By Shane Daly on Friday, June 16th, 2017
Germany. The land of efficiency, beer and lederhosen. For myself however, it was an opportunity to do some cutting-edge research in a country renown for scientific innovation. Some beer was still enjoyed along the way.
The goal of the fieldwork was to successfully measure the aluminium and nickel layers in the upper atmosphere, a region of space between 70 and 120 km in the atmosphere. These metals exist at these altitudes due to the multiple tonnes of extraterrestrial meteoric material, entering Earth’s atmosphere everyday. To do this, a lidar (Light detection and ranging) system was required to measure these species. In short, this system involves firing a high power laser into the atmosphere at a set molecular species and measure the resulting scatter with a telescope. Since one wasn’t available at Leeds, a collaboration was made with the Leibniz Institute of Atmospheric Physics in Germany. As well as this, a novel portable flow-tube was designed in Leeds and brought to Germany to calibrate the lidar laser. It does this by replicating the metal species we want to measure in the flow-tube to check that the lidar is operating at the correct wavelength.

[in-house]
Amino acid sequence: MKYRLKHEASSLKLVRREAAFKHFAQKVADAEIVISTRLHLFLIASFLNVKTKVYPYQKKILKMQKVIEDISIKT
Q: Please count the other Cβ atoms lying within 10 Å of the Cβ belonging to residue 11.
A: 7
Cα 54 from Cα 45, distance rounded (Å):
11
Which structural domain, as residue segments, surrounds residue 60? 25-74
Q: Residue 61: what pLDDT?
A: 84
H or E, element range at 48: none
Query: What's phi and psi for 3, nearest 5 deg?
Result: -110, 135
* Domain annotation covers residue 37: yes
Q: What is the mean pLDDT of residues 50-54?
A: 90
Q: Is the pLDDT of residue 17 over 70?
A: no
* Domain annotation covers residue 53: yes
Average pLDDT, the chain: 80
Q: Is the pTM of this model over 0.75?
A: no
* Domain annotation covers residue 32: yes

The calibration setup in the lidar bay
Living the lidar life is no simple ordeal. You are at the mercy of mother nature herself. Lidar measurements of metals in the atmosphere are especially sensitive, with one requiring clear night conditions, as any cloud or fog formation can scatter the laser, making it hazardous for any passer-by. There is also too much light interference during the day. Even the moonlight can disrupt measurements, creating too much background noise that can hide the small metal signal you’re looking for. An ideal career for those of a vampirical background.
Overall the trip was a success, proving that one can create a portable flow-tube setup to calibrate a lidar laser, something that has never been done before. For now, this great experience has come to an end and it will be back to the drawing board in Leeds to plan future endeavours.